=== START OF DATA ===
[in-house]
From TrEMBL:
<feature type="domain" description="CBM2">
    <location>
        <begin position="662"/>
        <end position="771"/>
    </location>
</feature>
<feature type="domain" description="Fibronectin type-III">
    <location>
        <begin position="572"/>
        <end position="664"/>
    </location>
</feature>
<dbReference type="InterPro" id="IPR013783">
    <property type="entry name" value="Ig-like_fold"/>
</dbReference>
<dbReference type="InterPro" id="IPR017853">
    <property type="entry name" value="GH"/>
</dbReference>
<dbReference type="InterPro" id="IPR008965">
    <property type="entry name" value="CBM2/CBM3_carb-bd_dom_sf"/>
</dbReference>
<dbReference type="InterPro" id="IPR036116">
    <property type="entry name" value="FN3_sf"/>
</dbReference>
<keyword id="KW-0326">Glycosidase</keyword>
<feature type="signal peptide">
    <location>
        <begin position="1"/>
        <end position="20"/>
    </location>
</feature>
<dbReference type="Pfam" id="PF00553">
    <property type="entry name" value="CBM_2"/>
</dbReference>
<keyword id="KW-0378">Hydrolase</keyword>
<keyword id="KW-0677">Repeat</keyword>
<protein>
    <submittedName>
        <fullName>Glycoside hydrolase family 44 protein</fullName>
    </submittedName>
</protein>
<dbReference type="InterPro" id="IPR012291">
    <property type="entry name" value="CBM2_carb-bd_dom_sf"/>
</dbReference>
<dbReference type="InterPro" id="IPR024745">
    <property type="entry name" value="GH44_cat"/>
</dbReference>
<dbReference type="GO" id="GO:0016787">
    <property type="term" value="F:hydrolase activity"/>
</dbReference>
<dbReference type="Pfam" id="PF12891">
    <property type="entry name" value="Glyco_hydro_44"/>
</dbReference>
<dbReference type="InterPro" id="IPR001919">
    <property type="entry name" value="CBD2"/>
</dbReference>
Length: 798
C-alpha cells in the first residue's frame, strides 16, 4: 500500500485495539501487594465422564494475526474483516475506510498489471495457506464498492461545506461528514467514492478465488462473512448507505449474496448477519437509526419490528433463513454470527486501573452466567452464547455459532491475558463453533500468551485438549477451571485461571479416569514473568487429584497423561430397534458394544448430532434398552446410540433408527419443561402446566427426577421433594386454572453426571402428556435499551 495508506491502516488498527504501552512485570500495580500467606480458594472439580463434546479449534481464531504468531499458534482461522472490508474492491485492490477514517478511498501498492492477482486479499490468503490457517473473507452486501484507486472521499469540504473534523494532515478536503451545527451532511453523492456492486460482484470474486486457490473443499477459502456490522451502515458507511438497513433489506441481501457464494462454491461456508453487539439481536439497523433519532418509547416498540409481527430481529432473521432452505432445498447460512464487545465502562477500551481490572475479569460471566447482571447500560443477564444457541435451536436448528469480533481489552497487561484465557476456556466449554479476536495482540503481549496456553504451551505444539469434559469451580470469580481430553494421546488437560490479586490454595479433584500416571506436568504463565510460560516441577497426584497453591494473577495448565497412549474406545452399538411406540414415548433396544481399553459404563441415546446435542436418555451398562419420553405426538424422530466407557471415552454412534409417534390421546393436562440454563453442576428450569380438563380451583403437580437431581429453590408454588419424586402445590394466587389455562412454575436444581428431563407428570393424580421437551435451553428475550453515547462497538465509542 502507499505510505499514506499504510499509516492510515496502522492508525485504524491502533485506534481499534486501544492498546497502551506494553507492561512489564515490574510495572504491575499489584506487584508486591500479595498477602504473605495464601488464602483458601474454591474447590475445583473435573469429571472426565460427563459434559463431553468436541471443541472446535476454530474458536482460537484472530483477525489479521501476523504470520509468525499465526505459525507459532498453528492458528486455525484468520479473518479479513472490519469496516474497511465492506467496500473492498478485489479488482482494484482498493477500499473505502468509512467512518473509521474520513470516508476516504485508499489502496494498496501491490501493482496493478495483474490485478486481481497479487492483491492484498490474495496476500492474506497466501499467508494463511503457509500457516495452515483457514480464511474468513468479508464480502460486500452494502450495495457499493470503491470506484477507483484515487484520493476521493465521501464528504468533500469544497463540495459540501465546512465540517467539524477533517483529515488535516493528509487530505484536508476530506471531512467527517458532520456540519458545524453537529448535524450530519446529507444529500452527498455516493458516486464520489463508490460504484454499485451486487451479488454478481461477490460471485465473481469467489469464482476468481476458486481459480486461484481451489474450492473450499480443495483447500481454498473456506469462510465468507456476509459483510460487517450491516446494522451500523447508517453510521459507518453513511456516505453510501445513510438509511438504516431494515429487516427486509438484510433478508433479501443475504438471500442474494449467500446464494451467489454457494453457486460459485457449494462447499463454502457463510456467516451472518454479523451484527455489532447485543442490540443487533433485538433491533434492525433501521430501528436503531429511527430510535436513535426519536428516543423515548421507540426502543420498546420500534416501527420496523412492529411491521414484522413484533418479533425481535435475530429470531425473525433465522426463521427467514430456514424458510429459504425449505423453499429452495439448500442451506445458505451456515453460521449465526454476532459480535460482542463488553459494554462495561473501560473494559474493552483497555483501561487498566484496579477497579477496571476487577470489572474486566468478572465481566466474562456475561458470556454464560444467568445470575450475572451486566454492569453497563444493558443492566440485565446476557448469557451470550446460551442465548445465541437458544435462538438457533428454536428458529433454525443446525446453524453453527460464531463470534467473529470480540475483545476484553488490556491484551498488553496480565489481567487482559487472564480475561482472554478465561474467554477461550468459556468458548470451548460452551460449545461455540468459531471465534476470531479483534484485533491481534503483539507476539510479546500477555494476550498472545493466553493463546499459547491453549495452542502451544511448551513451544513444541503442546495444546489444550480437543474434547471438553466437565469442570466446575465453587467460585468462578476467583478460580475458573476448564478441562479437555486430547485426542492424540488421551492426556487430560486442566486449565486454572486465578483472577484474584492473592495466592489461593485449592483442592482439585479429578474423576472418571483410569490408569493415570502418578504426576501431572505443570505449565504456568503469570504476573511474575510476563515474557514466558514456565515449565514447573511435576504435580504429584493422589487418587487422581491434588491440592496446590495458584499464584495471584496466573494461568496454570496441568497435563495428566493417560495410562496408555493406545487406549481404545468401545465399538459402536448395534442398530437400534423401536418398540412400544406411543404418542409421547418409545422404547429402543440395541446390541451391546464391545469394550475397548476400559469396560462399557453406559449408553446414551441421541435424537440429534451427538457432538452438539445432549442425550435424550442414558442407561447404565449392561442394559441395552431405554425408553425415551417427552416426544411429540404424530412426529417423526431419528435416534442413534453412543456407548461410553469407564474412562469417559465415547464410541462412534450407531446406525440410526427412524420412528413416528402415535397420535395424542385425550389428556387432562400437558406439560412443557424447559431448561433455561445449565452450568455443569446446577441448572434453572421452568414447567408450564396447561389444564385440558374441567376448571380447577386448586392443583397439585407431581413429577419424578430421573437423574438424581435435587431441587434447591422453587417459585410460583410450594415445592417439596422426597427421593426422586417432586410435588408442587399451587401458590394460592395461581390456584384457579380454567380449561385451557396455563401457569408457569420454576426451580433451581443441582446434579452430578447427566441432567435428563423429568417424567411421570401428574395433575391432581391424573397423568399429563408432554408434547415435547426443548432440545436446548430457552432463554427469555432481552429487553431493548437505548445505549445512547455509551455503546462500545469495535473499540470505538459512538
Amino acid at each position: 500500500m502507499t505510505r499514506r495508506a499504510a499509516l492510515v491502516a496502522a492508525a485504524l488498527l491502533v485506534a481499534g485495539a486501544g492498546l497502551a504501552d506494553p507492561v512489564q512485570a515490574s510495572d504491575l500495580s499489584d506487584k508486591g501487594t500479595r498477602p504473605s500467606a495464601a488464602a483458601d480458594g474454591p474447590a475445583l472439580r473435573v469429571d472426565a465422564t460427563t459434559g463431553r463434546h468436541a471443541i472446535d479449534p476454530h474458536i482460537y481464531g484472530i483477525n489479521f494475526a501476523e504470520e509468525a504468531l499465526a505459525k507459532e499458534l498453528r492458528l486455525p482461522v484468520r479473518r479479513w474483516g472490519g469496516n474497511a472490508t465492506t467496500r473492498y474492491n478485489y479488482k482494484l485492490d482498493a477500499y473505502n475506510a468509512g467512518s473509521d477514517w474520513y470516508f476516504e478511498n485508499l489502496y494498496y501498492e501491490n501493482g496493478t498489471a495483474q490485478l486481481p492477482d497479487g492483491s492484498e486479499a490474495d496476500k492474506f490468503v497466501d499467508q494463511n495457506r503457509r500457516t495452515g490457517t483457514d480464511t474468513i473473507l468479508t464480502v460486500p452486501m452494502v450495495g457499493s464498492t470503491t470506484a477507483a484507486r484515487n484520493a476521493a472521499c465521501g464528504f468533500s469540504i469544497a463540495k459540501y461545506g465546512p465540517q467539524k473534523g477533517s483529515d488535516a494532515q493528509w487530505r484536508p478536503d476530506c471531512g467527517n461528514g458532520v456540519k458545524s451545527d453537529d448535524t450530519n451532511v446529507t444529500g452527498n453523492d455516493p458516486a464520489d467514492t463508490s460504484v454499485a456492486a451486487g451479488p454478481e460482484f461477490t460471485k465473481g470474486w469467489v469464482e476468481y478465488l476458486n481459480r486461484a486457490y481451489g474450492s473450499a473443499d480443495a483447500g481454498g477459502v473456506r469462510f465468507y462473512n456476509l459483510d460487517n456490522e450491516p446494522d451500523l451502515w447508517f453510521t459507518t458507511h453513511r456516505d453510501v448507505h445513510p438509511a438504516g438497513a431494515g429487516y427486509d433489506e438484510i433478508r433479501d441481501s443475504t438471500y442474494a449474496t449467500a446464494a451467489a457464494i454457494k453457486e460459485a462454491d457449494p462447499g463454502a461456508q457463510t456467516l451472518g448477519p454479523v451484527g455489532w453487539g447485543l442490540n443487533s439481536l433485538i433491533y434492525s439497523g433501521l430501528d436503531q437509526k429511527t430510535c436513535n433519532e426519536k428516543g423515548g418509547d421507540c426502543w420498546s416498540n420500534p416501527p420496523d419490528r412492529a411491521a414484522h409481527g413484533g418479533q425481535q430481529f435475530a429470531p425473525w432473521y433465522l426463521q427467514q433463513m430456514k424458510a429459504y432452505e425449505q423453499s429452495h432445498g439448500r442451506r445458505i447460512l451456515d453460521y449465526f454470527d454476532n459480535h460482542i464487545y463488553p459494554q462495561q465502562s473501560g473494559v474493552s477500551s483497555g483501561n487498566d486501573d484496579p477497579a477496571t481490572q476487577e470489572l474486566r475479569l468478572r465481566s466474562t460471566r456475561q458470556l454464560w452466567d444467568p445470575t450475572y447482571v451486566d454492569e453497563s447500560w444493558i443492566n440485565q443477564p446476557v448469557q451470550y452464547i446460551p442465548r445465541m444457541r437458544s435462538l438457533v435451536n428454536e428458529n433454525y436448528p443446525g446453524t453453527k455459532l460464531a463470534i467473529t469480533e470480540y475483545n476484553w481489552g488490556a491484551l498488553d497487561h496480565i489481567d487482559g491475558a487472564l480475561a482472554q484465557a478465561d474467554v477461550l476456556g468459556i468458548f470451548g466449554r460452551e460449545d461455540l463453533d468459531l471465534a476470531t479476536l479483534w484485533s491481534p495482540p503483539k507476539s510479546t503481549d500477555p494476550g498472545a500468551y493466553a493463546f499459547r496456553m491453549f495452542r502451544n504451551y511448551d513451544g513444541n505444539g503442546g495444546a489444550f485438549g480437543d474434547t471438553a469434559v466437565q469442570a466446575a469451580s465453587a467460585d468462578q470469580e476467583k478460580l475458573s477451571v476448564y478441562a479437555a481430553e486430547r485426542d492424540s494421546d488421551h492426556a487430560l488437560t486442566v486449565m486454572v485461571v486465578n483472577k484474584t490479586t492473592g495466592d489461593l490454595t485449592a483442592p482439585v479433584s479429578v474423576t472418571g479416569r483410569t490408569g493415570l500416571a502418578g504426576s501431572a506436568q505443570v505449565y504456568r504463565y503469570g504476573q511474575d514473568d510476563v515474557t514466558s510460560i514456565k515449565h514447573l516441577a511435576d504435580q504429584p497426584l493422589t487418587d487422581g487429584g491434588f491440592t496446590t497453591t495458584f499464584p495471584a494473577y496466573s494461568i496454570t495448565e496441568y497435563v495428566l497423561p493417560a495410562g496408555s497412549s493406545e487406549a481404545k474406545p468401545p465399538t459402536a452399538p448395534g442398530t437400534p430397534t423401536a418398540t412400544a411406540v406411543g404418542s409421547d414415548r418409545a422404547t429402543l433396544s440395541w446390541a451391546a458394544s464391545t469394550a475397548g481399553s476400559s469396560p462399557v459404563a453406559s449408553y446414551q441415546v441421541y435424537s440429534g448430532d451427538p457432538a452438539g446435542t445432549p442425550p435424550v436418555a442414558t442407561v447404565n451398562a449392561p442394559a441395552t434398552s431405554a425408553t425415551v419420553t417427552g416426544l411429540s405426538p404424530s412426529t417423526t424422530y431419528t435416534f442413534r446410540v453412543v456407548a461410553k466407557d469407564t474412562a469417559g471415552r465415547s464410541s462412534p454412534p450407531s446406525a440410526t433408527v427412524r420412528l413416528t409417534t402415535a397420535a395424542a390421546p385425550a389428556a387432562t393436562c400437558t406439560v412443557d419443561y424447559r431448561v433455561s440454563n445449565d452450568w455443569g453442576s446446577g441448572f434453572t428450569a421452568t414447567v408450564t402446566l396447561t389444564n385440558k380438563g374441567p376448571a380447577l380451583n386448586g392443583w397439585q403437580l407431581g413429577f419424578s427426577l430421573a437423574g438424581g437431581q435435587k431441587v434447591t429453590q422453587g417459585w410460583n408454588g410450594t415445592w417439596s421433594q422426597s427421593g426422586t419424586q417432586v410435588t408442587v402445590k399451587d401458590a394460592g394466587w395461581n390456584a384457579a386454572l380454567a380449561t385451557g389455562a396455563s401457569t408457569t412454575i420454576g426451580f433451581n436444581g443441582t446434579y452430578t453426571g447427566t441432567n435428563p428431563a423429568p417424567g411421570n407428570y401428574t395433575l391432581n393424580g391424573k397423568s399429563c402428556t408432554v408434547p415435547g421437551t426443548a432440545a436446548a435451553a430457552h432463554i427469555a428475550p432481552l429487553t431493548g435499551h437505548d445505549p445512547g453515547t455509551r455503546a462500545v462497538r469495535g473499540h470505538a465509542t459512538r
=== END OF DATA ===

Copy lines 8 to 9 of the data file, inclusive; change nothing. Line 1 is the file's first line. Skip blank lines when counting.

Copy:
</feature>
<feature type="domain" description="Fibronectin type-III">